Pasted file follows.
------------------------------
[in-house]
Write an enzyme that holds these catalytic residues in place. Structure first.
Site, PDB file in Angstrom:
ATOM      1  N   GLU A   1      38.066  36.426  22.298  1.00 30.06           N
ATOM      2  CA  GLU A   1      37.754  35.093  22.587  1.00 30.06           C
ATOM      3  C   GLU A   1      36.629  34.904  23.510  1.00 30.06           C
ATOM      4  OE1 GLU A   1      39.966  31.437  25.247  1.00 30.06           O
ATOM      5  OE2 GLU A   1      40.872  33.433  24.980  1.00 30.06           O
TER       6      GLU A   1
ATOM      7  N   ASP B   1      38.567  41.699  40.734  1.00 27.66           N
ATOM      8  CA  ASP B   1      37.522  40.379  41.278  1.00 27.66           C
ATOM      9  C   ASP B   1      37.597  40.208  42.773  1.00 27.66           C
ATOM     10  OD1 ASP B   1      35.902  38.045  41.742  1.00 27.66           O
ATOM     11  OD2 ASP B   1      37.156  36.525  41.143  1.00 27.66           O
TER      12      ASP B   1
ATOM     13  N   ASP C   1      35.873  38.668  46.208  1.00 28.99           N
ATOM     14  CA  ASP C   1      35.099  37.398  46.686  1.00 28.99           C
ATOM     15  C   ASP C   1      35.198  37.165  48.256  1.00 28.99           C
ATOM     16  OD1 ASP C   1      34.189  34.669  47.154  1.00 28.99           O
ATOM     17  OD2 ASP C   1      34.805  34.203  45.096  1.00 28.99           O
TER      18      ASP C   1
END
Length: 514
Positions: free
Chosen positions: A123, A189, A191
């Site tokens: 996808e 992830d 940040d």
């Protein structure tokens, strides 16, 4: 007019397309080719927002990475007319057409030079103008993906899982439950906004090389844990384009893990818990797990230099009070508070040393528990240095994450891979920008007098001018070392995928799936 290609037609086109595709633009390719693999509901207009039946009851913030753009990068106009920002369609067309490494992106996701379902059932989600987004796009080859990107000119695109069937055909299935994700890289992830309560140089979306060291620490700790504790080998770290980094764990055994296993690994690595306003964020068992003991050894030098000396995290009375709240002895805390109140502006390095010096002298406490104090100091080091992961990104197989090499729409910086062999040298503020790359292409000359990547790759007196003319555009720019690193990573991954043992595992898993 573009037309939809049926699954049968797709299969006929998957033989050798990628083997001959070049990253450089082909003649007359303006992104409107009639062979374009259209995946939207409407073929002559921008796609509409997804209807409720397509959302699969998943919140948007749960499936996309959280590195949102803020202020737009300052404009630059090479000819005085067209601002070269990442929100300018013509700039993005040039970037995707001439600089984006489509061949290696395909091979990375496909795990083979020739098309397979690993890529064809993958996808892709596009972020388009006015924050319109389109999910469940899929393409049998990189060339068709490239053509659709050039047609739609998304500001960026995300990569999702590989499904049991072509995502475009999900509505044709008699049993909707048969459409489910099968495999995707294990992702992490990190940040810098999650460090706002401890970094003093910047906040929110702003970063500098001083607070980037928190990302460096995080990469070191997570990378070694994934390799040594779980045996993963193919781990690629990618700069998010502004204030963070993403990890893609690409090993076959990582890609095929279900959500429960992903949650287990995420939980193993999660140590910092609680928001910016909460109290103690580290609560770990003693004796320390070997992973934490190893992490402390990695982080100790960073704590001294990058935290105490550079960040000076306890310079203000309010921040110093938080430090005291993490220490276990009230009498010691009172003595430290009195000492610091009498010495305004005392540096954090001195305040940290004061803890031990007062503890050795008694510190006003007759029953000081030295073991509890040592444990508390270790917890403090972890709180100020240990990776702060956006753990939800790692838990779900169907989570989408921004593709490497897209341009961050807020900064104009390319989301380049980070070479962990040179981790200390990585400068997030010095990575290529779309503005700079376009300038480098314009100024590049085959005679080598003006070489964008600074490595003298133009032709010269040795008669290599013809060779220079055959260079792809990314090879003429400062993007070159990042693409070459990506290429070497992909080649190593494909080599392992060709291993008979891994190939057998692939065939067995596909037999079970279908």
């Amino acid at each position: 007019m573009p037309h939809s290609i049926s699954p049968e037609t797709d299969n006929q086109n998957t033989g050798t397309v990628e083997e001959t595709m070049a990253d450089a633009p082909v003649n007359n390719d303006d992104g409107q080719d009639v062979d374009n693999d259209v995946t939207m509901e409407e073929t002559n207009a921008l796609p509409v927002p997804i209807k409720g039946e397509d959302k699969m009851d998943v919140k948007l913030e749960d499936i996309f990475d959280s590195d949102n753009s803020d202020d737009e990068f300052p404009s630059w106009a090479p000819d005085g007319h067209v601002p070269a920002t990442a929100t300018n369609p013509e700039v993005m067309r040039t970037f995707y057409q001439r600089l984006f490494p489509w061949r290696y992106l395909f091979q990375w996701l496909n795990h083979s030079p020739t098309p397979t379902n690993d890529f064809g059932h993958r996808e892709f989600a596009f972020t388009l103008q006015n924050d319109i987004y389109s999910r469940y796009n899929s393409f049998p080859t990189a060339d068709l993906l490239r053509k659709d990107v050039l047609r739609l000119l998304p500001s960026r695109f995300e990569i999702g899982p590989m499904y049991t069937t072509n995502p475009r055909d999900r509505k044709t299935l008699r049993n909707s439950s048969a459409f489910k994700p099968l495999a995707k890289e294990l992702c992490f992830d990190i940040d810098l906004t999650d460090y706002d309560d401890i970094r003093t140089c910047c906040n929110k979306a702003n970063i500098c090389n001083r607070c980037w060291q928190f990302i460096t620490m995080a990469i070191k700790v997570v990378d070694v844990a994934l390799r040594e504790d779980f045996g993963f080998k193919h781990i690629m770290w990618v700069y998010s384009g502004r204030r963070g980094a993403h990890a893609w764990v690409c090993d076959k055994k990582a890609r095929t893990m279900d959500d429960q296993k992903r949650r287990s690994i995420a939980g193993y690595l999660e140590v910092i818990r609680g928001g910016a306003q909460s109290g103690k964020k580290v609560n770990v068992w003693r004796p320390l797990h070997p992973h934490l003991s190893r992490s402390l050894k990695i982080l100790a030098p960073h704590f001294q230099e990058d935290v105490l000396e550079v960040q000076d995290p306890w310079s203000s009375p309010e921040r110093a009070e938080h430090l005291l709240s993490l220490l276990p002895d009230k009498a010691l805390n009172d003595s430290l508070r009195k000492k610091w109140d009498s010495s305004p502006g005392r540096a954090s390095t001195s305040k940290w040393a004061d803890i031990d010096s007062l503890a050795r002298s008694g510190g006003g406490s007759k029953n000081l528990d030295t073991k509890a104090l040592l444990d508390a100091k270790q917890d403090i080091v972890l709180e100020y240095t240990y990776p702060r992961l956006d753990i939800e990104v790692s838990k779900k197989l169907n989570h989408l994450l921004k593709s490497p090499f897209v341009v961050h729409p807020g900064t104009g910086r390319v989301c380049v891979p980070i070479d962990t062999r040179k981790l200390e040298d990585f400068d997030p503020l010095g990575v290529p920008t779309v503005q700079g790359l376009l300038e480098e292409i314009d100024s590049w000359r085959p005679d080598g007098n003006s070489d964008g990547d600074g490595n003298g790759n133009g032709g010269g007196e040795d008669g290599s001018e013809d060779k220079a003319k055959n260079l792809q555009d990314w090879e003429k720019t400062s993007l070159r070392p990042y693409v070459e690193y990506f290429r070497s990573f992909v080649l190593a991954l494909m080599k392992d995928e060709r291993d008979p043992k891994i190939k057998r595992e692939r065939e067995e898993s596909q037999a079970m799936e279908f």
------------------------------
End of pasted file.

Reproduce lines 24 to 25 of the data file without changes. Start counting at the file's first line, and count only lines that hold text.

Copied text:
Positions: free
Chosen positions: A123, A189, A191